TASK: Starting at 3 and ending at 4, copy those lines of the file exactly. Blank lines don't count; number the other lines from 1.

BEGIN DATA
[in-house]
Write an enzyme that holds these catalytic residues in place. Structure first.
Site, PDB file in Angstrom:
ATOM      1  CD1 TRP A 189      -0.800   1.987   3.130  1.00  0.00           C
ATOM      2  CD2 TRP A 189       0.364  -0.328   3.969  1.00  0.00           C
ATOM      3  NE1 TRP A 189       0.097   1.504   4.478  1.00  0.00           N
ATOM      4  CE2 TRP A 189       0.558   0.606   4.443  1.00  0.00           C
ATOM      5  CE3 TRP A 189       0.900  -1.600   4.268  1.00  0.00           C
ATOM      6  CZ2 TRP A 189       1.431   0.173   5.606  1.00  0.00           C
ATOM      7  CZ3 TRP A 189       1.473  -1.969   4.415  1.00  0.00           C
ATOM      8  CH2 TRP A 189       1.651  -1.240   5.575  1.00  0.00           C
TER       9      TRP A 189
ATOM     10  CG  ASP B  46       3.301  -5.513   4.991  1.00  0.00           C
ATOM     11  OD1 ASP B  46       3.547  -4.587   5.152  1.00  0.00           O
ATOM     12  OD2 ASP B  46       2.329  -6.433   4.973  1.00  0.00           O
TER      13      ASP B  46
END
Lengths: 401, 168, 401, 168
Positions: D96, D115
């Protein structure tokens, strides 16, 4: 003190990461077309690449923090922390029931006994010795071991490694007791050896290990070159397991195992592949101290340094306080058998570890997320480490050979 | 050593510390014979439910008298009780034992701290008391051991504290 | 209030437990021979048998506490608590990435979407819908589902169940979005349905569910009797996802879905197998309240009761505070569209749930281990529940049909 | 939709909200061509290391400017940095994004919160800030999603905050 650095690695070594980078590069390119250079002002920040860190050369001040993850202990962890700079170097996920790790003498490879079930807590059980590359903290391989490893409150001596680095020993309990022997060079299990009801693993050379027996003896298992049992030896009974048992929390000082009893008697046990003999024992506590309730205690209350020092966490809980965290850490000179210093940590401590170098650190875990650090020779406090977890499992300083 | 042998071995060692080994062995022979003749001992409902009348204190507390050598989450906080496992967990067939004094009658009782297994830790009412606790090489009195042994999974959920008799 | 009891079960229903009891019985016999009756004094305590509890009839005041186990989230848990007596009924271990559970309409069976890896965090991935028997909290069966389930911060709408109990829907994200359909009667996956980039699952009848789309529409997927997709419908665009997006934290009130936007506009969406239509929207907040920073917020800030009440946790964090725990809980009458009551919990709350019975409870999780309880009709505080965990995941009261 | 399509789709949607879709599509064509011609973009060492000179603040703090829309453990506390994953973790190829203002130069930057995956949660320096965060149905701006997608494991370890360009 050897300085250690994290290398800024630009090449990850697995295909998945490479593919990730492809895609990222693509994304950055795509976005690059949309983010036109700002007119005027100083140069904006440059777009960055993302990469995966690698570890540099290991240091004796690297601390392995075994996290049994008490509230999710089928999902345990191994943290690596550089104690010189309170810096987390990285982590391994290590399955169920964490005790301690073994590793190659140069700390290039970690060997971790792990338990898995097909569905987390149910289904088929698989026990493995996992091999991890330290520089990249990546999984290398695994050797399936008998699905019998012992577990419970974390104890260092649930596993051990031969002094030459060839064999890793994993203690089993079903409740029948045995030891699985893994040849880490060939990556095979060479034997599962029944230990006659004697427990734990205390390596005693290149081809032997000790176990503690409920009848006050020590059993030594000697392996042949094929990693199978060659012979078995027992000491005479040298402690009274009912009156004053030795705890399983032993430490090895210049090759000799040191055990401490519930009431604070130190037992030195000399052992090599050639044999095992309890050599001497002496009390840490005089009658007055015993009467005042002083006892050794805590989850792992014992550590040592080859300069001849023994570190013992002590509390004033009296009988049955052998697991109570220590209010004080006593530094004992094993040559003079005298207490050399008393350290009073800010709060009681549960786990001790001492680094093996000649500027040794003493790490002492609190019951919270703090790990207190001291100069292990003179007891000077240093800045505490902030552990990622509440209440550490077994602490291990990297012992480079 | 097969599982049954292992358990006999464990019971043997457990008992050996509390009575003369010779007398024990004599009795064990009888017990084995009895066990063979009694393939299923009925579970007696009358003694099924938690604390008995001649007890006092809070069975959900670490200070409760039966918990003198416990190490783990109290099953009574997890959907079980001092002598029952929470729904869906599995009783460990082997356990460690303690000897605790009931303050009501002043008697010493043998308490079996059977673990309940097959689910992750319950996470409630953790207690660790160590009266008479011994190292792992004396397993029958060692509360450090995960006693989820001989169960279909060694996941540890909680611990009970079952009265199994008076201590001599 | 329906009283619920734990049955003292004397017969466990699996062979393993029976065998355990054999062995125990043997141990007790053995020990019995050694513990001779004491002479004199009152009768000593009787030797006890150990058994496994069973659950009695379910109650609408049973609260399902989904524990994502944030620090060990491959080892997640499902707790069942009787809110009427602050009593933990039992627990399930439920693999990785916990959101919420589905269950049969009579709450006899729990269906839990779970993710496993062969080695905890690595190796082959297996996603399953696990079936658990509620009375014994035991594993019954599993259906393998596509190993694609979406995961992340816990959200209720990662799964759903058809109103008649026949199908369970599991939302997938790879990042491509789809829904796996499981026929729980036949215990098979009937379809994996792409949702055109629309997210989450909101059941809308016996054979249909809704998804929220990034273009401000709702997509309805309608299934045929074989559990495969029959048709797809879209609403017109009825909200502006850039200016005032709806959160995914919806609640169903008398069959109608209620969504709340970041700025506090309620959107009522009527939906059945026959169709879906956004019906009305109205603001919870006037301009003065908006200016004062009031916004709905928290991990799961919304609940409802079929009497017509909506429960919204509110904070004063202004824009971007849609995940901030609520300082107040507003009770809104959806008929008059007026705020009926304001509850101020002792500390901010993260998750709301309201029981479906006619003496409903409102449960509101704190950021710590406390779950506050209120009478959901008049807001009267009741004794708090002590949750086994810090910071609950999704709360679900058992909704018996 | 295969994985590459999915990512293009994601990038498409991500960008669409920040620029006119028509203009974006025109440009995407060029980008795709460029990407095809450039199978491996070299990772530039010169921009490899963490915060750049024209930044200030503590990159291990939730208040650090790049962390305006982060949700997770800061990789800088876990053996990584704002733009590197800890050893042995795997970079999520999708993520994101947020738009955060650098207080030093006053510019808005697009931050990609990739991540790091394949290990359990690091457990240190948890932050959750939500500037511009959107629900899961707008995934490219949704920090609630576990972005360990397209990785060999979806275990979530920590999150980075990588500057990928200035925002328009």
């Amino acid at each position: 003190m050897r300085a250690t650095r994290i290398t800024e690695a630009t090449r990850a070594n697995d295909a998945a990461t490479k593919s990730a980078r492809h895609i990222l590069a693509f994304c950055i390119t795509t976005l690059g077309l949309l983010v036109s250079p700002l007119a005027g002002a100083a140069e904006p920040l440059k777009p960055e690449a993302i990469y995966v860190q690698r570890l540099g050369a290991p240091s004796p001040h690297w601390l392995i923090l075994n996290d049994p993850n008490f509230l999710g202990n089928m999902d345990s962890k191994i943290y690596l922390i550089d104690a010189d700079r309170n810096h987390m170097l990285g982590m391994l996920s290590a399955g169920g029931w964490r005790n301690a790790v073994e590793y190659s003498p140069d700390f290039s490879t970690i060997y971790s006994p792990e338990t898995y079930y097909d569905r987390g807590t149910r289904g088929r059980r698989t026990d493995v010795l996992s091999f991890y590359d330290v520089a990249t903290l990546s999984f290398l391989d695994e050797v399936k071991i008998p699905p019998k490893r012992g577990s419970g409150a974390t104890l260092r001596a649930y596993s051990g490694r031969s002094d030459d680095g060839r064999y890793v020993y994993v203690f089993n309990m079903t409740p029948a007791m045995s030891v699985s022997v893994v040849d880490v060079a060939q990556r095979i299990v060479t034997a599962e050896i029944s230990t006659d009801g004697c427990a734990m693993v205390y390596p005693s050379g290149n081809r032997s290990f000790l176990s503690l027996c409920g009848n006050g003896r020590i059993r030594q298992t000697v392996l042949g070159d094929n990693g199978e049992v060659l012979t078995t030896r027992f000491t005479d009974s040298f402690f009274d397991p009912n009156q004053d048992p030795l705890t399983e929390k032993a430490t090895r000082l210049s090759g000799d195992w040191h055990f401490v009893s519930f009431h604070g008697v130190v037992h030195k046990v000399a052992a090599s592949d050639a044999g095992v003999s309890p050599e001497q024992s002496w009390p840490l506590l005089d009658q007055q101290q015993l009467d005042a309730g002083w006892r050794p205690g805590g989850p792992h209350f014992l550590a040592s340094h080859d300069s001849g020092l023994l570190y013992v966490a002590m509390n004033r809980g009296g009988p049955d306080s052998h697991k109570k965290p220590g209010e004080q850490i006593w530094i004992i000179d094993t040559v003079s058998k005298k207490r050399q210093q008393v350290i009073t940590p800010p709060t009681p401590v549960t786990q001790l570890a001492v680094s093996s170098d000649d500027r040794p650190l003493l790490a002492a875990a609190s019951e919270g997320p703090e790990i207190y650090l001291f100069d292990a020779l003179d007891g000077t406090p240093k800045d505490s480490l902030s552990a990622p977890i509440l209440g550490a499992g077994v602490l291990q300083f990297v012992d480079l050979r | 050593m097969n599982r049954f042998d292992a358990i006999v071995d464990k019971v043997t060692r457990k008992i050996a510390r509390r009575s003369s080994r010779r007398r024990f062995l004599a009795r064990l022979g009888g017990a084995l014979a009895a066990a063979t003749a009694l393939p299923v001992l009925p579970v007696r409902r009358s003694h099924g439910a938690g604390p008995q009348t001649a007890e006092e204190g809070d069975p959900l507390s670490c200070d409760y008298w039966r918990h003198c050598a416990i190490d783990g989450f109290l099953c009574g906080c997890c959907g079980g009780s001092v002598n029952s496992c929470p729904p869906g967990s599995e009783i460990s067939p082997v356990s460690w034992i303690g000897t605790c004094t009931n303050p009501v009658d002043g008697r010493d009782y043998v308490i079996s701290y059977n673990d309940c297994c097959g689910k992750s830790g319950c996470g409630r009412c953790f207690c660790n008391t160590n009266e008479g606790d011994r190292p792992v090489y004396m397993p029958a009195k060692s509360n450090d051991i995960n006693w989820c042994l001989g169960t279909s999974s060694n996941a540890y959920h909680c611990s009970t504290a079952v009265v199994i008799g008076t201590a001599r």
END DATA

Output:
Site, PDB file in Angstrom:
ATOM      1  CD1 TRP A 189      -0.800   1.987   3.130  1.00  0.00           C